Singapore-listed Vallianz Holdings yesterday took pains to outline the various ways in which it has reduced its dependence on its controlling shareholder Swiber Holdings, which is struggling to survive under judicial management.
The announcement lifted Vallianz's share price by 0.2 cent or 9.1 per cent to 2.4 cents. It was also the day's most active counter on the Singapore Exchange, with 124.3 million shares changing hands.
Swiber, which holds 25.15 per cent of Vallianz, stunned markets last Thursday with a winding-up application after being hit with US$25.9 million (S$34.7 million) worth of demands from creditors. The next day, it abruptly withdrew this application to pursue judicial management.
News of the winding-up application caused Vallianz shares to tank nearly 42 per cent or 1.5 cents to 2.1 cents last Thursday. They rebounded 4.8 per cent or 0.1 cent to 2.2 cents on Friday.
Vallianz yesterday said its US$1.2 billion order book reported in May comprises mainly contracts with third-party customers in the Middle East that are not related to Swiber and its subsidiaries, joint ventures or associates.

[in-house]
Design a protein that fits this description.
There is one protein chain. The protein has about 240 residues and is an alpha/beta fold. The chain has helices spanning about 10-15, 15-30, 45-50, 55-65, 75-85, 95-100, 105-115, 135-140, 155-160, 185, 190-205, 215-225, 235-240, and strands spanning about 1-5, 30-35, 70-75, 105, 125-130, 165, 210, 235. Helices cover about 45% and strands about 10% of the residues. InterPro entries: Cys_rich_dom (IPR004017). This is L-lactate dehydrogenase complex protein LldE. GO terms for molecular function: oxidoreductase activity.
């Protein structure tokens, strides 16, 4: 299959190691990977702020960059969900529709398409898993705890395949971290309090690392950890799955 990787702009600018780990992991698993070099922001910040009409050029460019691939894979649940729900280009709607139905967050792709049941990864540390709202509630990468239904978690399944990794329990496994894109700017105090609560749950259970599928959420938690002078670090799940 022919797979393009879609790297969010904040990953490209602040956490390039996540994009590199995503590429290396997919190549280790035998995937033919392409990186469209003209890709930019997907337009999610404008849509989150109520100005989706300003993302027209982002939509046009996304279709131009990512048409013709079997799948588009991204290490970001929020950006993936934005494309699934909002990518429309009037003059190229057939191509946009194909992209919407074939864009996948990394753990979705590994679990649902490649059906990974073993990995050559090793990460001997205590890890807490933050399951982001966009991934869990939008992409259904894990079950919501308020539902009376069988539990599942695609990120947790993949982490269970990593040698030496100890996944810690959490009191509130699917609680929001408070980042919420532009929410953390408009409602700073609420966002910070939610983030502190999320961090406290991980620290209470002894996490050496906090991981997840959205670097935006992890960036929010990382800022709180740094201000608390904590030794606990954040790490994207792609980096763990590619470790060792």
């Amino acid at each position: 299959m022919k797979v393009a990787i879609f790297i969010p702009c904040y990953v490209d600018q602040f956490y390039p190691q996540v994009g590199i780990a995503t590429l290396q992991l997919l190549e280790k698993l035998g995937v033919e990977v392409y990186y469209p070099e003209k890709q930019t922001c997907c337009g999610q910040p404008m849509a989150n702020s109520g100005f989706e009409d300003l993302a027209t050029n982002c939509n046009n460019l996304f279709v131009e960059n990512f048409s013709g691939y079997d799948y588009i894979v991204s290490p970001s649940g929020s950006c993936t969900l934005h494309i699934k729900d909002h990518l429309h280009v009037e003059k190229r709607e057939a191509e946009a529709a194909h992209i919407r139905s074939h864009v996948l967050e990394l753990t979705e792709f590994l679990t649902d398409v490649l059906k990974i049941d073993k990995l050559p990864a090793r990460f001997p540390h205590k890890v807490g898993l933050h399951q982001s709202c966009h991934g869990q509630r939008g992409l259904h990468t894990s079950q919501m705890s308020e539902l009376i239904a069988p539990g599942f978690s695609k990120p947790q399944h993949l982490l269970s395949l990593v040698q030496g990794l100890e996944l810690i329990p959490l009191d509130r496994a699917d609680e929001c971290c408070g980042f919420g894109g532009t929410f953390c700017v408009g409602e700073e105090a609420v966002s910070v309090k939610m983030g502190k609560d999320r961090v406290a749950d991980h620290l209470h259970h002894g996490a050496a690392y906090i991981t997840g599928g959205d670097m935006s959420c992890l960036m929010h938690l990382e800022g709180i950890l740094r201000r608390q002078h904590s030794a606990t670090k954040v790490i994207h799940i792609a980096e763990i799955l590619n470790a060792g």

It also noted the proportion of its revenue from Swiber entities fell to 20 per cent at end-March from 34.6 per cent in 2015, due to its focus on growing its chartering and brokerage business with third-party customers.
It said it has the strong support of its joint venture partner and shareholder Rawabi Holding Company, which has extensive knowledge and connections in the Middle East oil and gas market. Rawabi has an 18.7 per cent equity stake in Vallianz.
As at March 31, it had trade and other receivables owing from Swiber entities of US$61.9 million. It also had trade payables and other payables owing to Swiber entities of about US$58.7 million.
Vallianz said that "while the recent developments at Swiber will have an impact on business, the board is of the view that the situation is manageable and its operations are continuing as usual".
It is working with legal advisers to evaluate the impact of developments at Swiber.
This article was first published on August 2, 2016.
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